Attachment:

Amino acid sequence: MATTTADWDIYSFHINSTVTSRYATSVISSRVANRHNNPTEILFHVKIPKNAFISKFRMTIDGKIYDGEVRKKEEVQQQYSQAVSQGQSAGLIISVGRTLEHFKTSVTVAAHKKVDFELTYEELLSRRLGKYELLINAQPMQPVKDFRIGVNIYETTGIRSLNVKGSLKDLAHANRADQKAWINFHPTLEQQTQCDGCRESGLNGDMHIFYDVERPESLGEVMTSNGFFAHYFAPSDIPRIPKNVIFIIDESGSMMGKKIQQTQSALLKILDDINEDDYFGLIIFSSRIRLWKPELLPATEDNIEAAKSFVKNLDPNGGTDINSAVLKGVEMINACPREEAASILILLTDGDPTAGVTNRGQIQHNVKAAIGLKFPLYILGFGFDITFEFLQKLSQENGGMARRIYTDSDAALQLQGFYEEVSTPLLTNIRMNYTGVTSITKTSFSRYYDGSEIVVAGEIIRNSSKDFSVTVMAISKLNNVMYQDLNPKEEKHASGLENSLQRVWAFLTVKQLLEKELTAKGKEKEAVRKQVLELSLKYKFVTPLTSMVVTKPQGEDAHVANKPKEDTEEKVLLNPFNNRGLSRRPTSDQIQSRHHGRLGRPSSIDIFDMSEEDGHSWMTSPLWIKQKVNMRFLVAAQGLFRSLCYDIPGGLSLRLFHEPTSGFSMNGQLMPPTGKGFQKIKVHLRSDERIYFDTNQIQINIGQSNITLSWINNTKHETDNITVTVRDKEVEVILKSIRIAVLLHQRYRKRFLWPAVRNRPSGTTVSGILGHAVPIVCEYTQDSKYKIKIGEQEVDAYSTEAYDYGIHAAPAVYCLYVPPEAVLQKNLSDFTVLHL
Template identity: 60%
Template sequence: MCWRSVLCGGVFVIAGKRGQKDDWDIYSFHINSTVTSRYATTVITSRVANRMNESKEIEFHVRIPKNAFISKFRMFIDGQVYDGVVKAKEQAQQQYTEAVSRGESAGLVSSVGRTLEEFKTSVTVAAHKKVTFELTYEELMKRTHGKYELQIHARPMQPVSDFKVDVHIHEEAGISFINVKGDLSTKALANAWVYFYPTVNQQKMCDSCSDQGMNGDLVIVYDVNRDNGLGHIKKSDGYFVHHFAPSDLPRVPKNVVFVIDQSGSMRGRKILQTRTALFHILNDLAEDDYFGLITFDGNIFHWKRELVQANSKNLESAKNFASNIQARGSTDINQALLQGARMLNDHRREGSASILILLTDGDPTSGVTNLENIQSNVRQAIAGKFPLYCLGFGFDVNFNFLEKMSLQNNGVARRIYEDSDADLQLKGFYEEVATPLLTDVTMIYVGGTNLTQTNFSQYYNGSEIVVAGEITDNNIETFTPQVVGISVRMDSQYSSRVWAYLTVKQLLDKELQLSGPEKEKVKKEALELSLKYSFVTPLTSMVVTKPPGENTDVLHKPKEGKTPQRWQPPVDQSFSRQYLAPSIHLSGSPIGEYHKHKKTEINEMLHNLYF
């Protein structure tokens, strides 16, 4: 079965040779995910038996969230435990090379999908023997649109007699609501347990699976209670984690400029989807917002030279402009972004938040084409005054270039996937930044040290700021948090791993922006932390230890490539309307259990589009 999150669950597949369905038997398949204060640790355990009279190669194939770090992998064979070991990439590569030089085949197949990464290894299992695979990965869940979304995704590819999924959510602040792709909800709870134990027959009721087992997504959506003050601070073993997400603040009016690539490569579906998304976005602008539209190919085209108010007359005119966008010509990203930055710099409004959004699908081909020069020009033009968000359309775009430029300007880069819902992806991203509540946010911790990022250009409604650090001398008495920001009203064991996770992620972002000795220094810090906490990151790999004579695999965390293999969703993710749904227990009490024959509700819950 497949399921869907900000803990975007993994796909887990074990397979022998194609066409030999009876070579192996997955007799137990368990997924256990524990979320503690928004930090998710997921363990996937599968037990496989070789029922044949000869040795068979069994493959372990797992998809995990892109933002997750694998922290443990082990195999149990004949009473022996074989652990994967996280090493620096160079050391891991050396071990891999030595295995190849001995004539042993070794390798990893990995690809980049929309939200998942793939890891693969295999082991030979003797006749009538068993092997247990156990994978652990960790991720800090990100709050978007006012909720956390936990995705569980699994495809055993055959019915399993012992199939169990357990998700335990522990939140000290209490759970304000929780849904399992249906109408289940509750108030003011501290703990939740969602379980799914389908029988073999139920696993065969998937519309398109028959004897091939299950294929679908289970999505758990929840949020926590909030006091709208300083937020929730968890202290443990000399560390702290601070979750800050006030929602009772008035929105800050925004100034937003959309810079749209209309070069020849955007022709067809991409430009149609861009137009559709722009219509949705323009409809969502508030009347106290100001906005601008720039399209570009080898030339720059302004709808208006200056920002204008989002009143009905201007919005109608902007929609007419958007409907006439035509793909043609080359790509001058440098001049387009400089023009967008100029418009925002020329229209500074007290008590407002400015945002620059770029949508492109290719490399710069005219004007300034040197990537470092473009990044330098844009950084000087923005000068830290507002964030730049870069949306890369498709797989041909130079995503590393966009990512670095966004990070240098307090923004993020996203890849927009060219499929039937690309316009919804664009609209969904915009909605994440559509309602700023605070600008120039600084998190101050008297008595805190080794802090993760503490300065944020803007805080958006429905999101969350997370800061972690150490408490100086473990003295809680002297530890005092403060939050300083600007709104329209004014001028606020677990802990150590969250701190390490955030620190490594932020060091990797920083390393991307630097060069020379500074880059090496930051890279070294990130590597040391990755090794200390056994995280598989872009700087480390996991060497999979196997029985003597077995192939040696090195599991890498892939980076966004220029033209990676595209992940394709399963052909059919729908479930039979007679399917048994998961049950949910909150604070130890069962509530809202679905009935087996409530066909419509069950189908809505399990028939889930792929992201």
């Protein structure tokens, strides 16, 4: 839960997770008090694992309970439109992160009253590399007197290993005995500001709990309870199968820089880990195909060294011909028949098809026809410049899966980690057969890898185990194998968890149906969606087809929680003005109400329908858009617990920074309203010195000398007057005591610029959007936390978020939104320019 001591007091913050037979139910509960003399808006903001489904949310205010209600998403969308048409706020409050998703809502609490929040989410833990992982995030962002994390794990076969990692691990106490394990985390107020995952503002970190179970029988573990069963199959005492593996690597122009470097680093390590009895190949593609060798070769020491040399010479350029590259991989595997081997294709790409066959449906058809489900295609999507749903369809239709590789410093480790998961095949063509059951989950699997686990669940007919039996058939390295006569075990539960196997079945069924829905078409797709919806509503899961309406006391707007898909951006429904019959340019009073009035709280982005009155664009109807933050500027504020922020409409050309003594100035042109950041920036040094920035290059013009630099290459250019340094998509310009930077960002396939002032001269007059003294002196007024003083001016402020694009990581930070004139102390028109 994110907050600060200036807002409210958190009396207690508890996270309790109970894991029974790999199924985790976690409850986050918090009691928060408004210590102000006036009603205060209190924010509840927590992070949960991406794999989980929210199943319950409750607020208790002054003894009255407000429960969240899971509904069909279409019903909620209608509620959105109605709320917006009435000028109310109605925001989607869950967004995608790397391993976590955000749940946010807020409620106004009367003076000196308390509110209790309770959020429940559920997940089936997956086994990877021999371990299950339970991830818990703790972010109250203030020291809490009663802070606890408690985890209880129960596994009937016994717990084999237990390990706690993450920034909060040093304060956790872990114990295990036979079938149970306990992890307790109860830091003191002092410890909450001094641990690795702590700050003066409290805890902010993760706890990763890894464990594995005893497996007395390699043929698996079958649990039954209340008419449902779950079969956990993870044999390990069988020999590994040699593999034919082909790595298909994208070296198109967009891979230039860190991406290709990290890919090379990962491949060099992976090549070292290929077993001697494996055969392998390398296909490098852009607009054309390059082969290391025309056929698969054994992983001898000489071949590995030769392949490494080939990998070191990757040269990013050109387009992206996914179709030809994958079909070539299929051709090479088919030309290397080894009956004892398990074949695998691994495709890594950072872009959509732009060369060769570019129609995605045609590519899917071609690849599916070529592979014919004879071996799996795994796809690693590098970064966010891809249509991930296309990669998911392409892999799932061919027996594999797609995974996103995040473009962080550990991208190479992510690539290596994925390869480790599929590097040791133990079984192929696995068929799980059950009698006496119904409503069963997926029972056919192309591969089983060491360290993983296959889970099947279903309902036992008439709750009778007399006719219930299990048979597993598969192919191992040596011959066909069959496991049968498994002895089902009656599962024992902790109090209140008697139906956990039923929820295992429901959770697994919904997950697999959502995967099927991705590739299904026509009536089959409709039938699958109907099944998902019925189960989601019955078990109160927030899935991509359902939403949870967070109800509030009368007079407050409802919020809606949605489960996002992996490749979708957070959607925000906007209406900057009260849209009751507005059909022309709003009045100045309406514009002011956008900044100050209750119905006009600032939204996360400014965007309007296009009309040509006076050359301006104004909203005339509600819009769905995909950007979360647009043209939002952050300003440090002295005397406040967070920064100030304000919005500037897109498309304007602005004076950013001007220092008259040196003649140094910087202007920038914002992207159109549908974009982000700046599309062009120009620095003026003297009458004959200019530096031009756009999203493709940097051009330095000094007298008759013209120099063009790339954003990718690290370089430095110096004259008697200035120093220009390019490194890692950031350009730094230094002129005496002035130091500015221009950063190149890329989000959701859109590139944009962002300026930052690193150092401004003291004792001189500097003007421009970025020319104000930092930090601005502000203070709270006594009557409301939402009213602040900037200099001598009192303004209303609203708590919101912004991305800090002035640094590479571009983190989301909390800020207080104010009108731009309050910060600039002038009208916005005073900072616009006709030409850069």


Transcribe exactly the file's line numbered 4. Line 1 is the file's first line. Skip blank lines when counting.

């Protein structure tokens, strides 16, 4: 079965040779995910038996969230435990090379999908023997649109007699609501347990699976209670984690400029989807917002030279402009972004938040084409005054270039996937930044040290700021948090791993922006932390230890490539309307259990589009 999150669950597949369905038997398949204060640790355990009279190669194939770090992998064979070991990439590569030089085949197949990464290894299992695979990965869940979304995704590819999924959510602040792709909800709870134990027959009721087992997504959506003050601070073993997400603040009016690539490569579906998304976005602008539209190919085209108010007359005119966008010509990203930055710099409004959004699908081909020069020009033009968000359309775009430029300007880069819902992806991203509540946010911790990022250009409604650090001398008495920001009203064991996770992620972002000795220094810090906490990151790999004579695999965390293999969703993710749904227990009490024959509700819950 497949399921869907900000803990975007993994796909887990074990397979022998194609066409030999009876070579192996997955007799137990368990997924256990524990979320503690928004930090998710997921363990996937599968037990496989070789029922044949000869040795068979069994493959372990797992998809995990892109933002997750694998922290443990082990195999149990004949009473022996074989652990994967996280090493620096160079050391891991050396071990891999030595295995190849001995004539042993070794390798990893990995690809980049929309939200998942793939890891693969295999082991030979003797006749009538068993092997247990156990994978652990960790991720800090990100709050978007006012909720956390936990995705569980699994495809055993055959019915399993012992199939169990357990998700335990522990939140000290209490759970304000929780849904399992249906109408289940509750108030003011501290703990939740969602379980799914389908029988073999139920696993065969998937519309398109028959004897091939299950294929679908289970999505758990929840949020926590909030006091709208300083937020929730968890202290443990000399560390702290601070979750800050006030929602009772008035929105800050925004100034937003959309810079749209209309070069020849955007022709067809991409430009149609861009137009559709722009219509949705323009409809969502508030009347106290100001906005601008720039399209570009080898030339720059302004709808208006200056920002204008989002009143009905201007919005109608902007929609007419958007409907006439035509793909043609080359790509001058440098001049387009400089023009967008100029418009925002020329229209500074007290008590407002400015945002620059770029949508492109290719490399710069005219004007300034040197990537470092473009990044330098844009950084000087923005000068830290507002964030730049870069949306890369498709797989041909130079995503590393966009990512670095966004990070240098307090923004993020996203890849927009060219499929039937690309316009919804664009609209969904915009909605994440559509309602700023605070600008120039600084998190101050008297008595805190080794802090993760503490300065944020803007805080958006429905999101969350997370800061972690150490408490100086473990003295809680002297530890005092403060939050300083600007709104329209004014001028606020677990802990150590969250701190390490955030620190490594932020060091990797920083390393991307630097060069020379500074880059090496930051890279070294990130590597040391990755090794200390056994995280598989872009700087480390996991060497999979196997029985003597077995192939040696090195599991890498892939980076966004220029033209990676595209992940394709399963052909059919729908479930039979007679399917048994998961049950949910909150604070130890069962509530809202679905009935087996409530066909419509069950189908809505399990028939889930792929992201």